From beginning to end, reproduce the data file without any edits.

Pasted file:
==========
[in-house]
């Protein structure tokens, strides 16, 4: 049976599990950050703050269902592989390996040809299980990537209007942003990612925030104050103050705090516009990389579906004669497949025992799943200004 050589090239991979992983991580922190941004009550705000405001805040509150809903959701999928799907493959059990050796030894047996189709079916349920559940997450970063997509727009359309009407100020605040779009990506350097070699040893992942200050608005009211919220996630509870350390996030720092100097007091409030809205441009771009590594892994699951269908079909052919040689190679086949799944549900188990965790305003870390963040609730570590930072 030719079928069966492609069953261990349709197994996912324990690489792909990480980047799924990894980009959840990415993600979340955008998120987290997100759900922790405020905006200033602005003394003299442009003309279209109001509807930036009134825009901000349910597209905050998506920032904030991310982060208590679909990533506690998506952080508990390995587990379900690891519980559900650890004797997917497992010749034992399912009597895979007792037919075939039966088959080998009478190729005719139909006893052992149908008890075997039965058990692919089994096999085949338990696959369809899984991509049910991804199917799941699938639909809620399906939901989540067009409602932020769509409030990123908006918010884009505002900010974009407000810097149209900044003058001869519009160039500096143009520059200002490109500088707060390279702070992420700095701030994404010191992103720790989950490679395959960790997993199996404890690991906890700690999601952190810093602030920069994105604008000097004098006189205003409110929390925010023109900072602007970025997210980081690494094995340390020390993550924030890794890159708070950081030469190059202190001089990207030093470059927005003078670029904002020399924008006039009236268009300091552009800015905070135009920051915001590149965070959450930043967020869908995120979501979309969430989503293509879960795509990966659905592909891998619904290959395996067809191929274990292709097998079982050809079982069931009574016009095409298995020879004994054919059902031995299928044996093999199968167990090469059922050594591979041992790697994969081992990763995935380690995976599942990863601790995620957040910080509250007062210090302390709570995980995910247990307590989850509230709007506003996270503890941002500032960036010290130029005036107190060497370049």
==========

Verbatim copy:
[in-house]
């Protein structure tokens, strides 16, 4: 049976599990950050703050269902592989390996040809299980990537209007942003990612925030104050103050705090516009990389579906004669497949025992799943200004 050589090239991979992983991580922190941004009550705000405001805040509150809903959701999928799907493959059990050796030894047996189709079916349920559940997450970063997509727009359309009407100020605040779009990506350097070699040893992942200050608005009211919220996630509870350390996030720092100097007091409030809205441009771009590594892994699951269908079909052919040689190679086949799944549900188990965790305003870390963040609730570590930072 030719079928069966492609069953261990349709197994996912324990690489792909990480980047799924990894980009959840990415993600979340955008998120987290997100759900922790405020905006200033602005003394003299442009003309279209109001509807930036009134825009901000349910597209905050998506920032904030991310982060208590679909990533506690998506952080508990390995587990379900690891519980559900650890004797997917497992010749034992399912009597895979007792037919075939039966088959080998009478190729005719139909006893052992149908008890075997039965058990692919089994096999085949338990696959369809899984991509049910991804199917799941699938639909809620399906939901989540067009409602932020769509409030990123908006918010884009505002900010974009407000810097149209900044003058001869519009160039500096143009520059200002490109500088707060390279702070992420700095701030994404010191992103720790989950490679395959960790997993199996404890690991906890700690999601952190810093602030920069994105604008000097004098006189205003409110929390925010023109900072602007970025997210980081690494094995340390020390993550924030890794890159708070950081030469190059202190001089990207030093470059927005003078670029904002020399924008006039009236268009300091552009800015905070135009920051915001590149965070959450930043967020869908995120979501979309969430989503293509879960795509990966659905592909891998619904290959395996067809191929274990292709097998079982050809079982069931009574016009095409298995020879004994054919059902031995299928044996093999199968167990090469059922050594591979041992790697994969081992990763995935380690995976599942990863601790995620957040910080509250007062210090302390709570995980995910247990307590989850509230709007506003996270503890941002500032960036010290130029005036107190060497370049």